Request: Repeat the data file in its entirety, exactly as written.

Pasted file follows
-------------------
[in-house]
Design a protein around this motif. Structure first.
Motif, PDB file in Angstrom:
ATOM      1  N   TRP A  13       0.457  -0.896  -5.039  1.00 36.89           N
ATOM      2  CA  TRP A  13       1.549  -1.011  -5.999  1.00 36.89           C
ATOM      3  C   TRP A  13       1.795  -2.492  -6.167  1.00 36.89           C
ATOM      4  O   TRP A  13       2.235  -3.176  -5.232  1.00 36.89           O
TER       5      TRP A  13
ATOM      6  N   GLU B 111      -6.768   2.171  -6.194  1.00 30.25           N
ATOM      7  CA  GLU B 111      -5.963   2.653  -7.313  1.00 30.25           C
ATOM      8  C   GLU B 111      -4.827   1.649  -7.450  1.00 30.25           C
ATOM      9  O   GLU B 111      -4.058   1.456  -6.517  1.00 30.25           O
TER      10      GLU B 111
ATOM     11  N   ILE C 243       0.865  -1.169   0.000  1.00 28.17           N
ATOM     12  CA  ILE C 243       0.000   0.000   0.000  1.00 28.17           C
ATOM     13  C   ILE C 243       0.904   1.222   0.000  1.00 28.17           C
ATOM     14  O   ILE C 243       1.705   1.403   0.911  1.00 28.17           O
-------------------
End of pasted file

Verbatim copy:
[in-house]
Design a protein around this motif. Structure first.
Motif, PDB file in Angstrom:
ATOM      1  N   TRP A  13       0.457  -0.896  -5.039  1.00 36.89           N
ATOM      2  CA  TRP A  13       1.549  -1.011  -5.999  1.00 36.89           C
ATOM      3  C   TRP A  13       1.795  -2.492  -6.167  1.00 36.89           C
ATOM      4  O   TRP A  13       2.235  -3.176  -5.232  1.00 36.89           O
TER       5      TRP A  13
ATOM      6  N   GLU B 111      -6.768   2.171  -6.194  1.00 30.25           N
ATOM      7  CA  GLU B 111      -5.963   2.653  -7.313  1.00 30.25           C
ATOM      8  C   GLU B 111      -4.827   1.649  -7.450  1.00 30.25           C
ATOM      9  O   GLU B 111      -4.058   1.456  -6.517  1.00 30.25           O
TER      10      GLU B 111
ATOM     11  N   ILE C 243       0.865  -1.169   0.000  1.00 28.17           N
ATOM     12  CA  ILE C 243       0.000   0.000   0.000  1.00 28.17           C
ATOM     13  C   ILE C 243       0.904   1.222   0.000  1.00 28.17           C
ATOM     14  O   ILE C 243       1.705   1.403   0.911  1.00 28.17           O